The United States confirmed it will accept travelers who have received mix-and-match vaccination doses when it updates its travel policy on November 8. The new policy requires adult international visitors to be fully inoculated against COVID-19 before traveling. If you've a trip to the US on the horizon, here's what you need to know about accepted vaccinations and how to present proof before travel.
Read more: The latest USA health and safety information
Mix and match COVID-19 vaccinations
The Centers for Disease Control and Prevention (CDC) said last week that it will accept mix-and-match COVID-19 doses from international travelers from November 8. Mix-and-match doses are vaccination jabs where the second or third shot a patient receives is from a different manufacturer than the prior dose, i.e. a patient might have received an AstraZeneca dose as their first shot and then a Moderna dose as their second shot. It's a common practice in Canada and other places, although not so much in the US.
"While CDC has not recommended mixing types of vaccine in a primary series, we recognize that this is increasingly common in other countries so should be accepted for the interpretation of vaccine records," a CDC spokeswoman confirmed.
Vaccines accepted for travel to the US
US president Joe Biden confirmed on Monday that any vaccination approved by the Food and Drug Administration (FDA) or listed by the World Health Organization (WHO) for emergency use will be sufficient for travel. Those vaccines include Pfizer, Moderna, AstraZeneca, Covishield, Sinopharm, Sinovac and the one-shot Johnson & Johnson jab.
Vaccinated outside the U.S.? You’re considered fully vaccinated if you’ve received 1 dose of the Johnson & Johnson Janssen vaccine or ANY combination of 2 doses of an FDA approved/authorized or WHO emergency use listed COVID-19 vaccine. Get more details: https://t.co/c77NSS286y. pic.twitter.com/7ofy0jbbLr
— CDC (@CDCgov) October 27, 2021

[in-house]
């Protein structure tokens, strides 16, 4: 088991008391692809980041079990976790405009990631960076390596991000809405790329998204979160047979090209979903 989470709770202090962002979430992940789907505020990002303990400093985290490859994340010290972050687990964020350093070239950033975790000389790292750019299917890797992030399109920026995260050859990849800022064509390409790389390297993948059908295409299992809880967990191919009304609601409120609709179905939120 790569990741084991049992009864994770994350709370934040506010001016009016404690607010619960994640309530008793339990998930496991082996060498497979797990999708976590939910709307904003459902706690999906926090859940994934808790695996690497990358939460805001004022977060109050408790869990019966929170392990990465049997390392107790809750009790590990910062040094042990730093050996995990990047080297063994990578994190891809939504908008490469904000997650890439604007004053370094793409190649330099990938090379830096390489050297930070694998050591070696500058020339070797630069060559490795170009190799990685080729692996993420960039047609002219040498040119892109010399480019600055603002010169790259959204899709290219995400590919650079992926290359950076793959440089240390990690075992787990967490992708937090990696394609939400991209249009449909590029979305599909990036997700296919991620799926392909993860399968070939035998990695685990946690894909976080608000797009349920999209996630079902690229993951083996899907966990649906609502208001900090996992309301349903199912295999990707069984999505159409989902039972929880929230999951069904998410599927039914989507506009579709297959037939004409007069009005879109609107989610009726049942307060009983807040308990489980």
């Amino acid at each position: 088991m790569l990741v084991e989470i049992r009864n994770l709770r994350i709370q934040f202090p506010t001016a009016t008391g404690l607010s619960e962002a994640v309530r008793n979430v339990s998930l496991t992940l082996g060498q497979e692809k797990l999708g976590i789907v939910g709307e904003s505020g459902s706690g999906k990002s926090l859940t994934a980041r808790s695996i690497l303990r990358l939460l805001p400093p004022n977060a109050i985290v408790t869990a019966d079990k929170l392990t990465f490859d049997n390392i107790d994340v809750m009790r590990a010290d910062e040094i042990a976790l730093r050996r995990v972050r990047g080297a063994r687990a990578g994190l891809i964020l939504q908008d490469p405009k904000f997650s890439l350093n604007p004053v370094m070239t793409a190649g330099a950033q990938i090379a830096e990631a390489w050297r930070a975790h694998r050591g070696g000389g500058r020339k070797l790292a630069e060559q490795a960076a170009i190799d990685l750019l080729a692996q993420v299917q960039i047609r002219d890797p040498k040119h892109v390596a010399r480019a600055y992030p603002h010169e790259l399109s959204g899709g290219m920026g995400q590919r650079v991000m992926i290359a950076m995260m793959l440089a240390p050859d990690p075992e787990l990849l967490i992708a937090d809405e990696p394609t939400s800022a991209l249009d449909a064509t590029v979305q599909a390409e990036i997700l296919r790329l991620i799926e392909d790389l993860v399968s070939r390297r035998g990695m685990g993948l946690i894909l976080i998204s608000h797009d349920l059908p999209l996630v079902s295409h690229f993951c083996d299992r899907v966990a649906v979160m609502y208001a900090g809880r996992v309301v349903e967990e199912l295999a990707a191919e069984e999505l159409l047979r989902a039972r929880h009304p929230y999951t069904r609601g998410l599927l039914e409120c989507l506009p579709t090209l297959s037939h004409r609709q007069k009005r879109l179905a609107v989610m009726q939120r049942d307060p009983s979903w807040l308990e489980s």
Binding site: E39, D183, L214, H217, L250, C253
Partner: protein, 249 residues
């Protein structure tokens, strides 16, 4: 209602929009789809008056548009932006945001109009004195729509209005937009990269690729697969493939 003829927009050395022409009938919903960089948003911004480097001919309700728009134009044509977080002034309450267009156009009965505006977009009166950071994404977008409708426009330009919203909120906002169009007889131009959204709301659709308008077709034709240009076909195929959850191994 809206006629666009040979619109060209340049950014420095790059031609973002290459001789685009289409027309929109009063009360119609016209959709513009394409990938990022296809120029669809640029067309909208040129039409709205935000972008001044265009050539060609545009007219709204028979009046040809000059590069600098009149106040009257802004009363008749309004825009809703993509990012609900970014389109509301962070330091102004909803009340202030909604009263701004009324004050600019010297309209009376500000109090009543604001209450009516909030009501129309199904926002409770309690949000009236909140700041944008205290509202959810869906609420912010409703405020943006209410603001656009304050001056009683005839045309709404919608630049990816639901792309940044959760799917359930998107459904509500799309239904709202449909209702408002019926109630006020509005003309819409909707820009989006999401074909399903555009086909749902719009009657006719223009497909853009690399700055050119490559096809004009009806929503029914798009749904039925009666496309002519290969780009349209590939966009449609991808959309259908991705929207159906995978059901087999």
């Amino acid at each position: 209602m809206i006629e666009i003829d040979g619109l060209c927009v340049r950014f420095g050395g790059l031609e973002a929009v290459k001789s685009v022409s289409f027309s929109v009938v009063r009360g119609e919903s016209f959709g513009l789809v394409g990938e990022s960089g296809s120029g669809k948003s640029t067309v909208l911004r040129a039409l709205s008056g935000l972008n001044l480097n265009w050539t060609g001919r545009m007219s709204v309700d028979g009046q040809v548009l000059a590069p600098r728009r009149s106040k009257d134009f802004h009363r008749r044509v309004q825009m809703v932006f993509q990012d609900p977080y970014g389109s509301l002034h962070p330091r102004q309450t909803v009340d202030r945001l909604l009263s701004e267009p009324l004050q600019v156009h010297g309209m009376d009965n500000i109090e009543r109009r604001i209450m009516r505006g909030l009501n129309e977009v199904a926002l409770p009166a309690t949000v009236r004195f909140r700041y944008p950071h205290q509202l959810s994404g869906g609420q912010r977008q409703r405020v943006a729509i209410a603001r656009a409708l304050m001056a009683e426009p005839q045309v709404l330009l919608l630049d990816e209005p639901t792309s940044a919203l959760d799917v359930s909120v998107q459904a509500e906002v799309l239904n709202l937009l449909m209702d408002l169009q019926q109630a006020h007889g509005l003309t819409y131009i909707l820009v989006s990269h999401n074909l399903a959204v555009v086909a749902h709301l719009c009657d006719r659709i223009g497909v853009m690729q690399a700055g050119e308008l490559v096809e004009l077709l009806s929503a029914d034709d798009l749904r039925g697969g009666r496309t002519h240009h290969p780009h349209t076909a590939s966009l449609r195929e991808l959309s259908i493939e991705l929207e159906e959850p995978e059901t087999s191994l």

How to present proof of vaccination
All adult international travelers will need to present proof of vaccination to their airline before boarding their flight to the US. The White House confirmed that an official vaccination certificate issued by a public health or government agency will be adequate proof. So for most Europeans, that will be their EU digital COVID certificates; for Canadians it's the Canadian COVID-19 proof of vaccination card; for Mexicans it's the official immunization certificate issued by the Mexican government etc.
Travelers crossing into the US by land will need to show their vaccination certificates at border checks from November 8 too.
Read more: How to manage vaccine certifications and COVID-19 passports for international travel
How to know you're fully vaccinated
To be considered fully vaccinated for travel to the US, at least two weeks must have passed since your second dose of an accepted vaccine (or two weeks after your first shot if you received the Johnson & Johnson vaccine).
If you received a booster shot (a third dose), at least two weeks must have passed since that dose was administered to you.
Children under the age of 18 are not required to be vaccinated to travel to the US, nor are unvaccinated adults to who cannot be immunized due to medical conditions, such as allergies. Returning US citizens and permanent residents do not need to be vaccinated either. All arrivals will be subject to testing requirements though, regardless of vaccination status.
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